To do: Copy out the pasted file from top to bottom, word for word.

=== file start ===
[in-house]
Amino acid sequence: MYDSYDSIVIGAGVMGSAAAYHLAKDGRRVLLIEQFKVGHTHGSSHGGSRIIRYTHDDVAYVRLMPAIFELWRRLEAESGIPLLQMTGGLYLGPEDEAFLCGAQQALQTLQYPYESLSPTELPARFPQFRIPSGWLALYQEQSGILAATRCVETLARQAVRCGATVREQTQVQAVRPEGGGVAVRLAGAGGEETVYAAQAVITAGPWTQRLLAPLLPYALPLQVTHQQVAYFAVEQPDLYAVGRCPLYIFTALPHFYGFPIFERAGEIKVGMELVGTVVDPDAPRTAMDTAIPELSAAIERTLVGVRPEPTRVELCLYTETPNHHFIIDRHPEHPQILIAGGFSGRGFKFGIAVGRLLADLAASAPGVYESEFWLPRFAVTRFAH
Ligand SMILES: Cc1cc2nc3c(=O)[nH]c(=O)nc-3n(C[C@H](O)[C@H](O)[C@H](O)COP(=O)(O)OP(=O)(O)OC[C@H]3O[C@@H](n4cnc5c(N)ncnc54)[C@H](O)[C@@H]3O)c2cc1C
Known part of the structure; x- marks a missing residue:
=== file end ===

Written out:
[in-house]
Amino acid sequence: MYDSYDSIVIGAGVMGSAAAYHLAKDGRRVLLIEQFKVGHTHGSSHGGSRIIRYTHDDVAYVRLMPAIFELWRRLEAESGIPLLQMTGGLYLGPEDEAFLCGAQQALQTLQYPYESLSPTELPARFPQFRIPSGWLALYQEQSGILAATRCVETLARQAVRCGATVREQTQVQAVRPEGGGVAVRLAGAGGEETVYAAQAVITAGPWTQRLLAPLLPYALPLQVTHQQVAYFAVEQPDLYAVGRCPLYIFTALPHFYGFPIFERAGEIKVGMELVGTVVDPDAPRTAMDTAIPELSAAIERTLVGVRPEPTRVELCLYTETPNHHFIIDRHPEHPQILIAGGFSGRGFKFGIAVGRLLADLAASAPGVYESEFWLPRFAVTRFAH
Ligand SMILES: Cc1cc2nc3c(=O)[nH]c(=O)nc-3n(C[C@H](O)[C@H](O)[C@H](O)COP(=O)(O)OP(=O)(O)OC[C@H]3O[C@@H](n4cnc5c(N)ncnc54)[C@H](O)[C@@H]3O)c2cc1C
Known part of the structure; x- marks a missing residue: